I have heard it and so have you. Money is ruining the game we love – baseball. Players are not following the dream but following the buck. They have no team loyalty, seeking huge long term contracts which pay them millions well after their most productive years are over. It is totally infuriating to always read, when a player signs, what the contact is both in terms of dollars and years. Selfish is the word that comes to mind in describing the modern day baseball player.
I must admit I am one to question the nature of contracts that don’t make much sense to me. Then when I stop to think, I wonder what I would do in a similar circumstance. I would like to think I would take a hometown discount playing my heart out for my team and my fans. Surely I wouldn’t bolt because of money. Then again, I have a family and the career of an athlete is short. Yes, but it offers many other opportunities after playing days are over. No, I wouldn’t be led around by a greedy agent. Yet, as a teacher, what would I have done with a young family if another school board had offered me even $1000 to leave my school and the kids I loved?
Recently I began to think a bit differently about those greedy athletes. I have read that a number of Dodgers back in the fifties were tricked into signing smaller contracts by Branch Ricky. It sounds a bit humorous now, but was it funny or fair? George “Shotgun” Shuba, a Dodger pinch hitter and reserve outfielder, sat in Branch Rickey’s office negotiating a contract. During the meeting Rickey left his office on a pretense and also left a bogus contract for another player, Jackie Robinson, on his desk for Shuba to see. When Rickey returned, Shuba settled for less than he had asked for thinking it was just less than what Jackie was receiving. He received less that Robinson did – a lot less. He had been duped.
I have read stories of athletes like Sandy Amoros living and dying in poverty. Carl Furillo, an outstanding, hard-nosed right fielder for the Dodgers in the late forties and fifties was released by the Dodgers in 1960 after he was injured. Carl had to sue the Dodgers, paying legal fees, to get what was rightly his. The result – Carl received $21,000. Although MLB denies it, Carl was black balled and was never able to get a job in MLB after retirement, not even with the Mets when Gil Hodges was their manager.
Major league teams lived off the players, offering lower than deserved wages, often having them play when injured. The players with no free agency either stayed with a team, regardless of the contract, until retirement or were traded. Huh! Maybe free agency has just turned the tables in the favor of the guys on the field and not in the executive suites.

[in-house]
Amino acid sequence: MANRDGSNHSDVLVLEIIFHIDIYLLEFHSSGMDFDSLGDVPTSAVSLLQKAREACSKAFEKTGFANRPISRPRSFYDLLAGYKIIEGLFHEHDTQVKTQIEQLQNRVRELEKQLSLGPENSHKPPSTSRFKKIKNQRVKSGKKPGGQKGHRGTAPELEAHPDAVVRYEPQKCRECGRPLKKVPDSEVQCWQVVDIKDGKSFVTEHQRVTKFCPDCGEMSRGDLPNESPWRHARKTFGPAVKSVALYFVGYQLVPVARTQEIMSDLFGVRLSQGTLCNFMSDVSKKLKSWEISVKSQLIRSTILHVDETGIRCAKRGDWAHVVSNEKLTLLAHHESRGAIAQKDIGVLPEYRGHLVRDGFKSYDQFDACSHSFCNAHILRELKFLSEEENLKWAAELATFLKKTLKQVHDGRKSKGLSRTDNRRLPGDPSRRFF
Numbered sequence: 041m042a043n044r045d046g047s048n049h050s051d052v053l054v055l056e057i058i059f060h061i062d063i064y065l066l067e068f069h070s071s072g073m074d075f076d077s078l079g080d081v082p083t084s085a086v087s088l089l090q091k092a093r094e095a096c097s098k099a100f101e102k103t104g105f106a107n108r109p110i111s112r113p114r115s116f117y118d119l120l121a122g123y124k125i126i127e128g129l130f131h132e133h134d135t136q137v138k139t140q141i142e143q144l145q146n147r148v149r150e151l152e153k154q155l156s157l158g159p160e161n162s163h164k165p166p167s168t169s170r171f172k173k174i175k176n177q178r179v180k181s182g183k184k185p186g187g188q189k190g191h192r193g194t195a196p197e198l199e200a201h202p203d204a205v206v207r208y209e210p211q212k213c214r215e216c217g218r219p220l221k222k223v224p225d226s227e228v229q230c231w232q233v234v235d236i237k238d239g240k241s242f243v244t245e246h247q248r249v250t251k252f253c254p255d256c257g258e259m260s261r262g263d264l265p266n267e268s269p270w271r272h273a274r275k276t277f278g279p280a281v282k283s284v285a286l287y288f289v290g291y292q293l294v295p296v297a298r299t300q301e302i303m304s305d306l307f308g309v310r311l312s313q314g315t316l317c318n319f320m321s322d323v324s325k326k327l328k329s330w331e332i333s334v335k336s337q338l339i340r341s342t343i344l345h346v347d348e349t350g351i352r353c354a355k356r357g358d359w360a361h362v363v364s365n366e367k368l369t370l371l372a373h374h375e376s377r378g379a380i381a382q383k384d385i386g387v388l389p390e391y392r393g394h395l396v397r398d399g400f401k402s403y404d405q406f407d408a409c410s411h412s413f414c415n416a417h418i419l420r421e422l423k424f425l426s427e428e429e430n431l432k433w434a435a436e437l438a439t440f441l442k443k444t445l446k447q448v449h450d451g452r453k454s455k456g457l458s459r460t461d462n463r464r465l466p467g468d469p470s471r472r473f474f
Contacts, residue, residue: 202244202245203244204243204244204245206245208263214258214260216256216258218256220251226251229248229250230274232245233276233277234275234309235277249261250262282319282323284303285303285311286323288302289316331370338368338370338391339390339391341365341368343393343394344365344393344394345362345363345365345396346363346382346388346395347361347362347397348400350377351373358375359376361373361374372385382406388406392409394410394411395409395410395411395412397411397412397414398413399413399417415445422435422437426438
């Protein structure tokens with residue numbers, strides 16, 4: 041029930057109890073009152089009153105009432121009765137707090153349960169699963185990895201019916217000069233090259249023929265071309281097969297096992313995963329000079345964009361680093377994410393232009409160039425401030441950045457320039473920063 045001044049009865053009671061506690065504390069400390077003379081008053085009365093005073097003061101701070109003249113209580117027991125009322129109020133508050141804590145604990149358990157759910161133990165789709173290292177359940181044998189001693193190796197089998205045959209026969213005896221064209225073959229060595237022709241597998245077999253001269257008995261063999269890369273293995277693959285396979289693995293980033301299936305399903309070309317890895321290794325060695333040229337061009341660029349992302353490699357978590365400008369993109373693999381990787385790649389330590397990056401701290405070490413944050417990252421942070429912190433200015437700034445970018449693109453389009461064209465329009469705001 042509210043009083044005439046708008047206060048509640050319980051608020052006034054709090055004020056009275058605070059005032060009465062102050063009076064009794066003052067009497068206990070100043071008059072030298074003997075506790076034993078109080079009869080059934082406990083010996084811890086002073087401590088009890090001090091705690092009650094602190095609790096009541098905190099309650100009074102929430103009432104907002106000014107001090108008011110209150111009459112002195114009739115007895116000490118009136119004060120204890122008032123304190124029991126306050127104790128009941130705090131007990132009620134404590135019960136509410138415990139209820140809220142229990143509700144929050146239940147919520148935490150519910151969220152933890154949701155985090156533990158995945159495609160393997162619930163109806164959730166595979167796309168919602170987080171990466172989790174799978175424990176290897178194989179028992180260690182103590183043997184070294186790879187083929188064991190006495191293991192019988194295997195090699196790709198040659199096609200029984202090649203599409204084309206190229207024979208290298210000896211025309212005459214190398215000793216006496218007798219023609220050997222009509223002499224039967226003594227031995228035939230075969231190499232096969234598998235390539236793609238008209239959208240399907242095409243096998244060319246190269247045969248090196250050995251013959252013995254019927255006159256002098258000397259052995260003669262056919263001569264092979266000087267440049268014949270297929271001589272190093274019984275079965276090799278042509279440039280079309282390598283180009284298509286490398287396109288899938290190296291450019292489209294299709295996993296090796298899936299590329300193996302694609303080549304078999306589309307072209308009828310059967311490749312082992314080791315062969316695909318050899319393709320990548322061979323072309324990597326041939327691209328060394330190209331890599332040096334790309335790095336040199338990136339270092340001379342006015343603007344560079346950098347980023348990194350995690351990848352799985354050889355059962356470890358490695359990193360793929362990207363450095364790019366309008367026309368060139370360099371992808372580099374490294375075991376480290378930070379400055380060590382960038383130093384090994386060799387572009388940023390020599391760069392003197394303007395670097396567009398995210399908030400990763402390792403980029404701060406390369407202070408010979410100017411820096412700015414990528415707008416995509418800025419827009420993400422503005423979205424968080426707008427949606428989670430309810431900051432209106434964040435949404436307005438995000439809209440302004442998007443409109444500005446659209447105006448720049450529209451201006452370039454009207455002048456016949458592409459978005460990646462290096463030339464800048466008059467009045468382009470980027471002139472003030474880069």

Still, MLB players are now a selfish lot, thinking only of themselves. Well, so I thought until I did a bit more reading. It turns out they don’t have hearts of stone. They are pretty much like average people regardless of their wealth. They have all the challenges in life that we do – with health, family, early deaths of family or friends, accidents, natural disasters. But, they have resources we don’t so why don’t they use them to help others?
Once again, a bit of reading put things into perspective for me and it definitely presented a problem for me. I quickly found too much to include even in several blog articles (perhaps a book would be more appropriate) and I suspect it is just the tip of the iceberg. I didn’t have to look very long or hard to find that baseball players and athletes in general are public-spirited, even philanthropic, many with hearts of gold. It became almost impossible to select what should be included on “the other side of the coin”, so I became a pollster of sorts and simply selected a representative sample randomly:
Gone but Not Forgotten
Albert Pujols broke some hearts in St. Louis when he walked away from his long time Cardinal home and signed with the Angels in 2012. The Albert Pujols Family Foundation dedicated to those with Down syndrome and the terminally ill, as well as the impoverished in the Dominican Republic, was left behind, but not forgotten. The Pujols headquarters remain in St. Louis, and the money Albert raises will impact both cities in which he has played. A compassionate Albert Pujols explained:”For me, it wasn’t easy to come over here, but it would’ve been really hard to move the organization like that,” Pujols said. “There are a lot of people in St. Louis that we really appreciate and want to keep helping out. I don’t want to disconnect myself from that city. They’ve done a lot for our organization. They’ve supported us 100 percent all the time, and at the same time, I want to show them that just because I’m not playing there doesn’t mean I’m not going to do events in St. Louis.”